11
Jun
2013

Gamma Delphinid Results and Observations

It is now 12 hours after the predicted outburst of the Gamma Delphinids. From all the correspondence received it is apparent that no strong rates were “seen” anywhere. Interestingly enough, recent radio rates have been higher than normal so it remains to be seen whether this is associated with the Gamma Delphinids.

The typical observation received by the AMS this morning mentioned none or perhaps one Gamma Delphinid being seen along with several sporadic (random) meteors and a couple of Anthelion meteors (if they were watching for these meteors too).

Thomas Ashcraft posted the following video of a possible Gamma Delphinid fireball to Meteorobs.

http://vimeo.com/68139353

We also received several pictures of possible Gamma Delphinids:

Credit Jeremy Jackson, Fort Wayne, Indiana

Credit Jeremy Jackson, Fort Wayne, Indiana

Possible point meteor. Credit Bryan

Possible point meteor. Credit Bryan

Credit Jonathan Dalrymple

Credit Jonathan Dalrymple

Credit Rachel Miller

Credit Rachel Miller

971385_10151537614749613_809485925_n

Credit Rachel Miller

Credit Carlos Bella

Credit Carlos Bella

 

Credit Wade Earle

Credit Wade Earle

_MG_7615

Credit Wade Earle

_S1P7986

Credit Wade Earle

Credit Charlie Davis

Credit Charlie Davis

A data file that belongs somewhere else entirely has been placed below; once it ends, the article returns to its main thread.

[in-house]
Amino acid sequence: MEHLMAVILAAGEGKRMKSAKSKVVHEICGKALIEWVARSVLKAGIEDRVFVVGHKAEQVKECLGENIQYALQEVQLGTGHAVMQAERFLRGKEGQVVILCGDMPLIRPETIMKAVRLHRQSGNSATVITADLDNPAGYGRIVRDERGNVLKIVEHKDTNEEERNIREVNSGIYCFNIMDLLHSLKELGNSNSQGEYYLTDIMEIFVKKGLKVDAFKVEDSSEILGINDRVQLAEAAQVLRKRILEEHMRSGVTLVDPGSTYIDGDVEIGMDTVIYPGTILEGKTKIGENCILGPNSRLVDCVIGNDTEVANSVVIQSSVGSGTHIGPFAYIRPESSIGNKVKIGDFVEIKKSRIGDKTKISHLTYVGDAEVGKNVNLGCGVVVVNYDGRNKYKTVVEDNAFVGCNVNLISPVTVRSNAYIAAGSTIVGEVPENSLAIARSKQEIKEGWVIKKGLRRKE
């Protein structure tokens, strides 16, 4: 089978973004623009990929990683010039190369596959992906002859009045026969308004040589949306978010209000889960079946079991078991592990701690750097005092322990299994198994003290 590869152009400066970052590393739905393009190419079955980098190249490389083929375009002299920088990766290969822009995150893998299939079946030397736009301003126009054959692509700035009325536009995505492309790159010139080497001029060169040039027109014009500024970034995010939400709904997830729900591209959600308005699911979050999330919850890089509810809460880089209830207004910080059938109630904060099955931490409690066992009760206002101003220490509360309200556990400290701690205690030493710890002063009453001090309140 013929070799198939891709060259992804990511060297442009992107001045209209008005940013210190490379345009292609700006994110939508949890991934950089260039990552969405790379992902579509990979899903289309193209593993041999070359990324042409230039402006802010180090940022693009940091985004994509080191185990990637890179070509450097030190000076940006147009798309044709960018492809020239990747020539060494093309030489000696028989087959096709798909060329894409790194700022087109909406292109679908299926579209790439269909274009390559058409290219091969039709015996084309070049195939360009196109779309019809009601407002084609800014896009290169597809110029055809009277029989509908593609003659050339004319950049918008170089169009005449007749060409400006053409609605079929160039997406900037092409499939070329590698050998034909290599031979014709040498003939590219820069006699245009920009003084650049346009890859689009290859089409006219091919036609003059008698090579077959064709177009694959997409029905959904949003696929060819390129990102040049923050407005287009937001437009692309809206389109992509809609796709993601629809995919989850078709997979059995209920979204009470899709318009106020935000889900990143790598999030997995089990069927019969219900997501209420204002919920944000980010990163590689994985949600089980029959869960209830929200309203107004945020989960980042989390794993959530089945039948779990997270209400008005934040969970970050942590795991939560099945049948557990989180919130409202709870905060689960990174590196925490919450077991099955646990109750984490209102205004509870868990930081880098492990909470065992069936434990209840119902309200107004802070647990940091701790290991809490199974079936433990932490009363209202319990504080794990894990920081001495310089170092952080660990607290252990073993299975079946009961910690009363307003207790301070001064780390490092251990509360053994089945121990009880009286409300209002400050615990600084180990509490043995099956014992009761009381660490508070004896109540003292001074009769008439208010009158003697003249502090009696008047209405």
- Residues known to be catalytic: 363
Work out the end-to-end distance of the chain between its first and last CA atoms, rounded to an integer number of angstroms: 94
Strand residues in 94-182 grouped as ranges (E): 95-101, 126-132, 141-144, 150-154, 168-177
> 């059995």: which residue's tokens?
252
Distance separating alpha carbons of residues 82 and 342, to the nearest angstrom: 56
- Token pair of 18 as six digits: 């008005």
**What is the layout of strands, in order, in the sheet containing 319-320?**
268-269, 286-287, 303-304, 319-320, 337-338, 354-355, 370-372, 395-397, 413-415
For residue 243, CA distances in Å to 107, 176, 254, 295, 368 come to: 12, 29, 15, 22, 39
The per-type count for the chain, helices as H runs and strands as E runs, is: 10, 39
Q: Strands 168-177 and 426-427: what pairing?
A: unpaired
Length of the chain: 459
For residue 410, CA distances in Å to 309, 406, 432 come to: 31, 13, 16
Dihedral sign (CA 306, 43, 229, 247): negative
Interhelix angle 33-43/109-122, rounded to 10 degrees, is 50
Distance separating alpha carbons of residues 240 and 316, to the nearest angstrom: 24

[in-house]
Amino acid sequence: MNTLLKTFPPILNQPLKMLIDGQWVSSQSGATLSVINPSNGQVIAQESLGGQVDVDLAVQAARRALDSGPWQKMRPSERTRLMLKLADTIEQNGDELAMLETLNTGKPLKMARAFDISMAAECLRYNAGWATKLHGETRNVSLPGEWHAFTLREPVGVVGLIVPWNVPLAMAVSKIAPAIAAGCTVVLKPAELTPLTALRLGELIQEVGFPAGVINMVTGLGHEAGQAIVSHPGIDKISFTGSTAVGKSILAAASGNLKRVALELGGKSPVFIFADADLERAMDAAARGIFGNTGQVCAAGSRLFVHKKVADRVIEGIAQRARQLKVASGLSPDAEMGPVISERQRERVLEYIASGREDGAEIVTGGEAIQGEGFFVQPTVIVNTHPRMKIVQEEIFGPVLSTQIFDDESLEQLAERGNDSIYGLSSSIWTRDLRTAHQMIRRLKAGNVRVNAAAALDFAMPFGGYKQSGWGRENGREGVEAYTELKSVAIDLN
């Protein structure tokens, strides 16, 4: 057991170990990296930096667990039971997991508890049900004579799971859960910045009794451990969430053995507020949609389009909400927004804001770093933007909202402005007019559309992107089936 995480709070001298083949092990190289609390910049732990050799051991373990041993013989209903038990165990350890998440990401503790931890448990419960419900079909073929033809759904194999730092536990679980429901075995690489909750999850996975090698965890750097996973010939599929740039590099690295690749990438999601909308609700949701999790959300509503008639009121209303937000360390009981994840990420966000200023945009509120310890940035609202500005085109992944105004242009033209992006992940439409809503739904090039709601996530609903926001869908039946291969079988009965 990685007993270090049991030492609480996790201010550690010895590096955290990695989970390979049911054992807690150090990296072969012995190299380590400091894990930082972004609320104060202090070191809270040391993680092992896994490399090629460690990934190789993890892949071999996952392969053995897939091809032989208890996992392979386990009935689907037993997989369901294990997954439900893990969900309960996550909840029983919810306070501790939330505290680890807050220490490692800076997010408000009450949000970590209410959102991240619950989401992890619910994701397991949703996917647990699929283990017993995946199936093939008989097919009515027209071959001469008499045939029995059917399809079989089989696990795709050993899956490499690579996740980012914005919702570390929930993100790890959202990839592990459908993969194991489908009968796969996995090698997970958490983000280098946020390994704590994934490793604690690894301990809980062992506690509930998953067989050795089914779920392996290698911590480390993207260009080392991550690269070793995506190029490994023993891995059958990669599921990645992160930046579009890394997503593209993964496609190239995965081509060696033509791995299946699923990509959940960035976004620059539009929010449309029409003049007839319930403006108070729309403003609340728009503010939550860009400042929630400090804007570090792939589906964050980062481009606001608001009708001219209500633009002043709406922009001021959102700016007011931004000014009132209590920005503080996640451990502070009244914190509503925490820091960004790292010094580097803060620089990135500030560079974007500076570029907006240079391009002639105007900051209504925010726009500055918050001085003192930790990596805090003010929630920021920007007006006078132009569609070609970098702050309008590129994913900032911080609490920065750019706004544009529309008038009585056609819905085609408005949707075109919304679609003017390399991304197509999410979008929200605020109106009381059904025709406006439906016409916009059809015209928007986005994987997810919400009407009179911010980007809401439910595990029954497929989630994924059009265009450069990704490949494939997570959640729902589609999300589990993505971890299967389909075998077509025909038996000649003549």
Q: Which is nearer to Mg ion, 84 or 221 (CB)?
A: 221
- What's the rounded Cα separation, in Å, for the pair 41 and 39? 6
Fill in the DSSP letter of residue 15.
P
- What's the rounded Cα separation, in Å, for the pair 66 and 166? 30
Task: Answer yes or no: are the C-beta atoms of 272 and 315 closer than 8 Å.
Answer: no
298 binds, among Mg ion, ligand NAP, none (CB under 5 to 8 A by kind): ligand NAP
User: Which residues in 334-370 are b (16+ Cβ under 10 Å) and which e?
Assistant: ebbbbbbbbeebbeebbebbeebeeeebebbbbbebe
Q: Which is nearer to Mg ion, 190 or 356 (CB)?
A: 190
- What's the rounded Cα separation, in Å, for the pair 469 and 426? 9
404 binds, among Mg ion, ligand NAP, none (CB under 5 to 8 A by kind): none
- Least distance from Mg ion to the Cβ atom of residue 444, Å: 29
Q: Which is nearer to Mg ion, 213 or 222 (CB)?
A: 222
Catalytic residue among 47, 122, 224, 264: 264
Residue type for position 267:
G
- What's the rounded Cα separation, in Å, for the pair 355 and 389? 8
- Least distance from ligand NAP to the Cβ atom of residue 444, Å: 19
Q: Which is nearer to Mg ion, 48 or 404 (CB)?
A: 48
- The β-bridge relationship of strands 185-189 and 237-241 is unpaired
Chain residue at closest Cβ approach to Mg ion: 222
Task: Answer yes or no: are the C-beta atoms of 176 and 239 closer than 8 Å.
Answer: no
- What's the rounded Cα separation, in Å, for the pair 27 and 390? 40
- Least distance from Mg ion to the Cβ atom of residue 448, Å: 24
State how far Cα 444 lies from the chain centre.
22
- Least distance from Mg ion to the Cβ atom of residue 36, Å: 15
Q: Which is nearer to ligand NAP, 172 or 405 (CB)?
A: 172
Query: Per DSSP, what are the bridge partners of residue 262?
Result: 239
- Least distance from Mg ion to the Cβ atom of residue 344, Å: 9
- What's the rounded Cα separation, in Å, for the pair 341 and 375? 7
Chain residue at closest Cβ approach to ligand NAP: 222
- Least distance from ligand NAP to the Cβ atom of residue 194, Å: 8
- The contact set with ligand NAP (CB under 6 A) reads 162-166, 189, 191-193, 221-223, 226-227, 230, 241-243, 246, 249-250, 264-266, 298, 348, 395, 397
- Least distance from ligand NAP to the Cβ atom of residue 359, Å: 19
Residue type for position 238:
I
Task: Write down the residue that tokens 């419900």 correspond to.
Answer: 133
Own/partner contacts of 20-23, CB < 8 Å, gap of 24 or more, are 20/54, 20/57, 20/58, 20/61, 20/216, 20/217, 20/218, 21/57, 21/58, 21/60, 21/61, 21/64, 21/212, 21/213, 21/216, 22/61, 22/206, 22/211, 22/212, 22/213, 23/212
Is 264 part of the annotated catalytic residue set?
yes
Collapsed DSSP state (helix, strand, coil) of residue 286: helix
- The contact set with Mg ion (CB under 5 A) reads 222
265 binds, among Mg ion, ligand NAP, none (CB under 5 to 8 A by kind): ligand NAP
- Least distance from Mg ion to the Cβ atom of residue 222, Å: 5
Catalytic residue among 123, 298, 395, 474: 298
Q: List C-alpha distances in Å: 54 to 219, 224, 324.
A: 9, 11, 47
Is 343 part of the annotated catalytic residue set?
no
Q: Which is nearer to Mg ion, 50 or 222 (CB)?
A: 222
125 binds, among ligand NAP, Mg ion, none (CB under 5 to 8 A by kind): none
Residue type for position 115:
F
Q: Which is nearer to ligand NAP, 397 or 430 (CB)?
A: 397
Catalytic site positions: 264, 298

Credit Yuri Beletsky

Credit Yuri Beletsky

j20130611_080022_306

Credit Derek Kuhl

Credit Derek Kuhl

Credit Derek Kuhl

We would like to thank all the observers who have submitted reports this morning: Brandon Pooley CO, Chuck Green AZ, Ian Shive CA, Jerry Chab NE, Stephanie Smith, Jeff Chai WY, Diana FL, Erik Sjoberg MN, Karen Fultz TX, Carol, John Webber MT, Gil CA, Leslie WA, Jill Ebrecht GA, Allan Crosthwaite CA, Bryan WI, Michael Boschat NS, Oscar Fernandez AZ, Erika KS, Terrence Ross TX, Peter Gural MD, Jimmy Mahuron IN, Bob Oldham (Costa Rica), David Swann TX, Salvador Aguirre (Mexico), Mona Rose Lujano CA, Dave Todt OH, Terry Johnson and son AR, Carla Johns CA, Marshall Neal CA, Jonathan Dalrymple CO, Dale Cunningham AZ, Alexandre Amorim (Brazil), Chris Sutton ID, Phil Scordelis CA, Charlie UT, John Heidenreich, Eric Holcomb OR, Pat and Michael, Mark Newberry CO, Bob Hillenbrand FL, Mike Lewinski NM, Pawel Klatka WY, Dayton Prichard OK, Rachel Miller WA, Saul Chernos ON, John LaMuth CA, Steven Swisley CA, Carlos Bella (Brazil), Edward J. NC, Wade Earle, Brain Calvi IN, Elvira Guillen NM, Charlie Davis CO, Austin Reed NC, Jeremy Smith AR, Jay Poindexter, Cecile Cornou (Denmark), Brian Woodworth IL, Jeffrey Knichel MS, Robin Triplett KS, Amy Catching TX, Amy Macias CA, Brian Taylor DE, Paul Campbell TX, John Ballantyne (United Kingdom), Simon Duck NC, Randy Wittrock, Warren Gretz AZ, Derek Kuhl TX, Luke Leal TX, George Gliba WV, Paul Lunsford MD, Ray Wilbur ME, Matt CO, Benjamin Albright, Patrick Gunning CA, Dave Reed ID, Todd Call UT, Karen NM, Jean Hartman WA



We hope that all of you will try again in August and I guarantee you will be more rewarded for your efforts while viewing the annual Perseid meteor shower.

Robert Lunsford

About Robert Lunsford